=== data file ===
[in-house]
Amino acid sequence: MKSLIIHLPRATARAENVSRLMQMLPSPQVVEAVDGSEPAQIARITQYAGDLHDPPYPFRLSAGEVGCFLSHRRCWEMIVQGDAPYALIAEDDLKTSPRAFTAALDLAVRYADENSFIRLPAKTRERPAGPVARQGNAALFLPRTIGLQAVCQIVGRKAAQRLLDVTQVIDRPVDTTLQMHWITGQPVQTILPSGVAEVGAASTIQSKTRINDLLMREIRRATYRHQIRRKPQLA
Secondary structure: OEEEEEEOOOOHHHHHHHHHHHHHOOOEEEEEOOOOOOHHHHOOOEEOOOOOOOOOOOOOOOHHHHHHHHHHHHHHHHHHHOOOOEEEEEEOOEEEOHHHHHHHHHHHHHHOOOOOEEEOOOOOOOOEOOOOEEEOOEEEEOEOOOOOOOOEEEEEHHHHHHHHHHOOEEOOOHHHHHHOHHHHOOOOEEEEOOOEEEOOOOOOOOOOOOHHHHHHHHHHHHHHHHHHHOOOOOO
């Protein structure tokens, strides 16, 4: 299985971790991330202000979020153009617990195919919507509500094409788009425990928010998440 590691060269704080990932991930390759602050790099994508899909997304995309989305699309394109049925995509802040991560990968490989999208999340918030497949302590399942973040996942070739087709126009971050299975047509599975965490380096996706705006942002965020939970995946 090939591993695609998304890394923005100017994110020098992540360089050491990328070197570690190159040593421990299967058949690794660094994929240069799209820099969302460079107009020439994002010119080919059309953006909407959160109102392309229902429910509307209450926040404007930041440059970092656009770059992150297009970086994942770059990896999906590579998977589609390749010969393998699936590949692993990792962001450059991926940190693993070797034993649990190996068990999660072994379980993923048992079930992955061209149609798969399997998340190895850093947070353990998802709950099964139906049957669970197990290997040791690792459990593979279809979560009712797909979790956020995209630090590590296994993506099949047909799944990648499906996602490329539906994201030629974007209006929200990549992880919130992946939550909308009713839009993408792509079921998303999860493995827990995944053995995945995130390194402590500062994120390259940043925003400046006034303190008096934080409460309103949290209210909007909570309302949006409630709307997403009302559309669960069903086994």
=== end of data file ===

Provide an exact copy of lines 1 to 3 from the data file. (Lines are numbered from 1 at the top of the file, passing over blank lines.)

[in-house]
Amino acid sequence: MKSLIIHLPRATARAENVSRLMQMLPSPQVVEAVDGSEPAQIARITQYAGDLHDPPYPFRLSAGEVGCFLSHRRCWEMIVQGDAPYALIAEDDLKTSPRAFTAALDLAVRYADENSFIRLPAKTRERPAGPVARQGNAALFLPRTIGLQAVCQIVGRKAAQRLLDVTQVIDRPVDTTLQMHWITGQPVQTILPSGVAEVGAASTIQSKTRINDLLMREIRRATYRHQIRRKPQLA
Secondary structure: OEEEEEEOOOOHHHHHHHHHHHHHOOOEEEEEOOOOOOHHHHOOOEEOOOOOOOOOOOOOOOHHHHHHHHHHHHHHHHHHHOOOOEEEEEEOOEEEOHHHHHHHHHHHHHHOOOOOEEEOOOOOOOOEOOOOEEEOOEEEEOEOOOOOOOOEEEEEHHHHHHHHHHOOEEOOOHHHHHHOHHHHOOOOEEEEOOOEEEOOOOOOOOOOOOHHHHHHHHHHHHHHHHHHHOOOOOO